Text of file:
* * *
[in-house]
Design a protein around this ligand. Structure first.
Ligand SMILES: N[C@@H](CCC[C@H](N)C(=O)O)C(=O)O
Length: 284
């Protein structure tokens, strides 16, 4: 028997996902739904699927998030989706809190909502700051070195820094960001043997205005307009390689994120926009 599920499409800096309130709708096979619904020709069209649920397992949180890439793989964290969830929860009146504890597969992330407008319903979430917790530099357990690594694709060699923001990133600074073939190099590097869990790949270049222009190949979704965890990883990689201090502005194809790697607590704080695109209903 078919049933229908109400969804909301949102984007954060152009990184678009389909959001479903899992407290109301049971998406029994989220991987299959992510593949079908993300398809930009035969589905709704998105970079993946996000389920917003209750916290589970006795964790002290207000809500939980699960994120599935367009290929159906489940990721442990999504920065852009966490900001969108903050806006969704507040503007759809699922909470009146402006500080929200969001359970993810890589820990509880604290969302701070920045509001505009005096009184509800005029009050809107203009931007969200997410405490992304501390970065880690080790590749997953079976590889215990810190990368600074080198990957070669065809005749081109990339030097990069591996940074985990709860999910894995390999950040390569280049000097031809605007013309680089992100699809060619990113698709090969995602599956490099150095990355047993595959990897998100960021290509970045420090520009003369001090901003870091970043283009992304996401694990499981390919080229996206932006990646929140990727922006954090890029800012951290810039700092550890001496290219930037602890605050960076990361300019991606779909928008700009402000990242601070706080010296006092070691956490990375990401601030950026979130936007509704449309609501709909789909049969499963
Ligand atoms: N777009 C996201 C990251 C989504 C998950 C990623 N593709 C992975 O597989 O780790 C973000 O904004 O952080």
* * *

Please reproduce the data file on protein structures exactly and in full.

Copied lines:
[in-house]
Design a protein around this ligand. Structure first.
Ligand SMILES: N[C@@H](CCC[C@H](N)C(=O)O)C(=O)O
Length: 284
């Protein structure tokens, strides 16, 4: 028997996902739904699927998030989706809190909502700051070195820094960001043997205005307009390689994120926009 599920499409800096309130709708096979619904020709069209649920397992949180890439793989964290969830929860009146504890597969992330407008319903979430917790530099357990690594694709060699923001990133600074073939190099590097869990790949270049222009190949979704965890990883990689201090502005194809790697607590704080695109209903 078919049933229908109400969804909301949102984007954060152009990184678009389909959001479903899992407290109301049971998406029994989220991987299959992510593949079908993300398809930009035969589905709704998105970079993946996000389920917003209750916290589970006795964790002290207000809500939980699960994120599935367009290929159906489940990721442990999504920065852009966490900001969108903050806006969704507040503007759809699922909470009146402006500080929200969001359970993810890589820990509880604290969302701070920045509001505009005096009184509800005029009050809107203009931007969200997410405490992304501390970065880690080790590749997953079976590889215990810190990368600074080198990957070669065809005749081109990339030097990069591996940074985990709860999910894995390999950040390569280049000097031809605007013309680089992100699809060619990113698709090969995602599956490099150095990355047993595959990897998100960021290509970045420090520009003369001090901003870091970043283009992304996401694990499981390919080229996206932006990646929140990727922006954090890029800012951290810039700092550890001496290219930037602890605050960076990361300019991606779909928008700009402000990242601070706080010296006092070691956490990375990401601030950026979130936007509704449309609501709909789909049969499963
Ligand atoms: N777009 C996201 C990251 C989504 C998950 C990623 N593709 C992975 O597989 O780790 C973000 O904004 O952080």